A Calm, Logistics-Minded Approach to Preparing For The COVID-19 Pandemic

Ok, so don’t judge me.. But I’ve officially joined the “Covid Virus Panic Purchase” club.

Did I buy a bunch of toilet paper? No.

I went to Bulk Barn and bought SEVEN POUNDS worth of herbs and spices. Whoops. To be fair, this is enough to last 6 months for most items, and maybe a year – tops – for the others.

The Start of my COVID-19 Preparations!
The start of my COVID-19 preparations. Who knew that GARLIC POWDER would be such a tipping point?

In my defense, I was out doing my weekly grocery shopping, minding my business and not at ALL thinking of viruses or prepping… and two stores were sold out of *Garlic Powder*, of all things. Other herbs and spices too, but this was the one that was the tipping point for me.

Also, to be fair… our household getting into any prepping at all has been a long time coming. Very, very long time, actually.

Back in 2011, the North Minneapolis tornado that destroyed our house was a pretty big wakeup call – we’d done absolutely no prep work for any kind of emergency. We put it on a mental to-do list for sometime *after* we got on our feet and finished all the repair work.

As our move to Canada neared, we’d considered disaster prep, but decided that the odds were such that we were more likely to have to throw anything out, than find ourselves in need of any disaster preparation… so we put it off til we settled in Canada.

Then we decided to wait til fully unpacked. Then until life got settled, between business and my husband in school… and so on, and so forth.

If anything, moving home pushed disaster prep further down the priority list. Between the many safety nets here, the healthcare situation being covered, and just… not hearing gunshots at all since moving here, never mind just “no longer on a daily basis”… I don’t know, we just feel calm and safe, you know?

Of course, none of those feelings would help in the event of a natural disaster or anything, but here we are.


Disaster prep isn’t anything I’d really been concerned with, before the tornado… and it’s something I haven’t dedicated a ton of time to figuring out, since. Now that the Great Garlic Powder Shortage of Two Stores has me thinking about it, I figured … there’s a blog entry in this.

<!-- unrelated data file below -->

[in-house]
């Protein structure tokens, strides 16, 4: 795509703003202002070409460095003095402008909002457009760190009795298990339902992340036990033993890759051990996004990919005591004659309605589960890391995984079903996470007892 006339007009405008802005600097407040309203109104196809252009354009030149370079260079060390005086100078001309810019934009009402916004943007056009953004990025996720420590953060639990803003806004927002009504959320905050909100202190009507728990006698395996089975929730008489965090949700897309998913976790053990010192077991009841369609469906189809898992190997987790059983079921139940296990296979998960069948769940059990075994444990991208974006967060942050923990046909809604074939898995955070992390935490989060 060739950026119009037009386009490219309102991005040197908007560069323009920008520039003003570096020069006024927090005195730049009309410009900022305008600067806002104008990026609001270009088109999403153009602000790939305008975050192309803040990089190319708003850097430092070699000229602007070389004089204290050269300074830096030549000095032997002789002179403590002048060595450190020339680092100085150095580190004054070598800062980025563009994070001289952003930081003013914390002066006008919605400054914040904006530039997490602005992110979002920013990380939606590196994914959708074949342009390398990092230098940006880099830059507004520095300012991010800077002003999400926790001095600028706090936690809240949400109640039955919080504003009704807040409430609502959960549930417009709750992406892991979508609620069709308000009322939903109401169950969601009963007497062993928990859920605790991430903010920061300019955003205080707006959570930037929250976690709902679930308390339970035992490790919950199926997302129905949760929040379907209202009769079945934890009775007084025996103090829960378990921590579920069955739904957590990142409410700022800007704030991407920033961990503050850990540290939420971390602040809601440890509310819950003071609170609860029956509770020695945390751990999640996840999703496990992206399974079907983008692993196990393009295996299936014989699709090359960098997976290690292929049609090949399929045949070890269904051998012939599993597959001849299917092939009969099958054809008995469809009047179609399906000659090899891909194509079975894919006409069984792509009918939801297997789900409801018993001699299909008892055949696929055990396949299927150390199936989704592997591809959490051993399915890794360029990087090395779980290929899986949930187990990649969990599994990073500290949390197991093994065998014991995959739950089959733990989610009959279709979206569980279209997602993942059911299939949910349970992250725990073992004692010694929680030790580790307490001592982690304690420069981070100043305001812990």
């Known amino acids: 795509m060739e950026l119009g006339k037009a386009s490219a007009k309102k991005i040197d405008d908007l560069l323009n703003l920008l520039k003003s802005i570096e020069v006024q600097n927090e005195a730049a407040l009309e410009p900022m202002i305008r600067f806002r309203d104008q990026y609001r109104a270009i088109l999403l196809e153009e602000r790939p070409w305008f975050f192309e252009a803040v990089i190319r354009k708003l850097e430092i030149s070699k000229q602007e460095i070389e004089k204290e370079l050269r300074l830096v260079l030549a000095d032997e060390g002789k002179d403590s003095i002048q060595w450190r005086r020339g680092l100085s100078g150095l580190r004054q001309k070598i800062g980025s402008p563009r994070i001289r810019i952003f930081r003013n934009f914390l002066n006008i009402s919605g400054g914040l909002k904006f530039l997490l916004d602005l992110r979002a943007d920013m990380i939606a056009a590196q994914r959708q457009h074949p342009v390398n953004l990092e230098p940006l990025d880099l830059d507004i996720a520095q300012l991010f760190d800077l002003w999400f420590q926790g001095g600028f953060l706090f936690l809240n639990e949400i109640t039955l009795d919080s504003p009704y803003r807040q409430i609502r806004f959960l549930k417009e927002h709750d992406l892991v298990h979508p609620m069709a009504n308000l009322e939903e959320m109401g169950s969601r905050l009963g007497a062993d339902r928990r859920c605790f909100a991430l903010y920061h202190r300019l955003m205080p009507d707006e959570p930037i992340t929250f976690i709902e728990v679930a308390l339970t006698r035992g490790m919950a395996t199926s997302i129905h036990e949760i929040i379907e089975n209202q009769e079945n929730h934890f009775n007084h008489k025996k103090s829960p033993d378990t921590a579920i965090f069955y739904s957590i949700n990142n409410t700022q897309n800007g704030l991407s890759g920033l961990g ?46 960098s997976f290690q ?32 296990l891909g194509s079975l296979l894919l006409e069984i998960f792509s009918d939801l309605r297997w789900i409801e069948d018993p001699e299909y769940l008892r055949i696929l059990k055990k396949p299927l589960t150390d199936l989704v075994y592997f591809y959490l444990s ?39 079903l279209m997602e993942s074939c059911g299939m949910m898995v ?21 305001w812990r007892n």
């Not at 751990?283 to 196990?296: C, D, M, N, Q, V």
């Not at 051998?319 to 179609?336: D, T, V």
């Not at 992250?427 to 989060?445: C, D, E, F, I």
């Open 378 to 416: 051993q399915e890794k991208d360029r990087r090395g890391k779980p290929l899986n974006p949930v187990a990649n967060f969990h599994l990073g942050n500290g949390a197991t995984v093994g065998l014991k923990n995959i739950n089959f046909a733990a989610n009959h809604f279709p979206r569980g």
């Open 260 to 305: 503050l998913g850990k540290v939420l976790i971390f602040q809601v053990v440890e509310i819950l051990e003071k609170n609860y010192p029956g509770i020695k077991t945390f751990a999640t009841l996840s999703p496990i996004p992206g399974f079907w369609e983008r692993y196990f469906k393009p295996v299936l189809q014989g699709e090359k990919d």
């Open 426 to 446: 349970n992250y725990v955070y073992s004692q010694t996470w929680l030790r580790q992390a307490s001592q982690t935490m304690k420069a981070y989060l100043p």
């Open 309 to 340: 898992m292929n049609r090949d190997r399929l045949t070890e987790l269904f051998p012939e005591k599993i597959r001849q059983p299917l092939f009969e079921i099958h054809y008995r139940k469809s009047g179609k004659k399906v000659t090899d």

I’m well aware that all you hear about is toilet paper, hand sanitizers, and face masks…. but as a logistics person, I want to be *prepared* if I’m going to do this. I figure other people are like me, and have no idea where to start, beyond “hand sanitizers and toilet paper”, so maybe my own brainstorming with be of some help.

A few caveats:

– I’m not panicking about the virus, and neither should you. You don’t need sanitizer showers or masks, so unless you’re immune compromised and have to follow a specific protocol, just wash your hands, cough into your elbow, WASH YOUR HANDS, and quit touching your face. This is all stuff you should be doing anyway. This will all pass, but those habits are ones you should adopt in general.

– The fact of the matter, however, is that the outbreak has already impacted commerce and shipping in some areas / for some products, and I expect that’s only going to get worse.

The garlic powder thing wouldn’t have bothered me, had it not been across brands, and in more than one store. I don’t know enough about production of it, to know if it’s a shortage issue, a shipping issue, a production issue, etc – all I know is that it wasn’t a matter of a product being on SALE.

– Due to the nature of the current issue, we’re focusing preparations on that, for now. We’re not made of money, we don’t have all the time in the world, and – quite honestly – I don’t have the spoons to think out all of the things we should probably be prepared for. As such, I’m not thinking about – or addressing – things like bug out bags (Which REALLY would have come in handy for the tornado!), storm radios, etc.

– What you need to prepare for – and how you do it – is going to vary wildly, based on a few factors. Some considerations are: budget, storage space, how many people live with you, if you have any dietary restrictions, ages of people you live with, etc.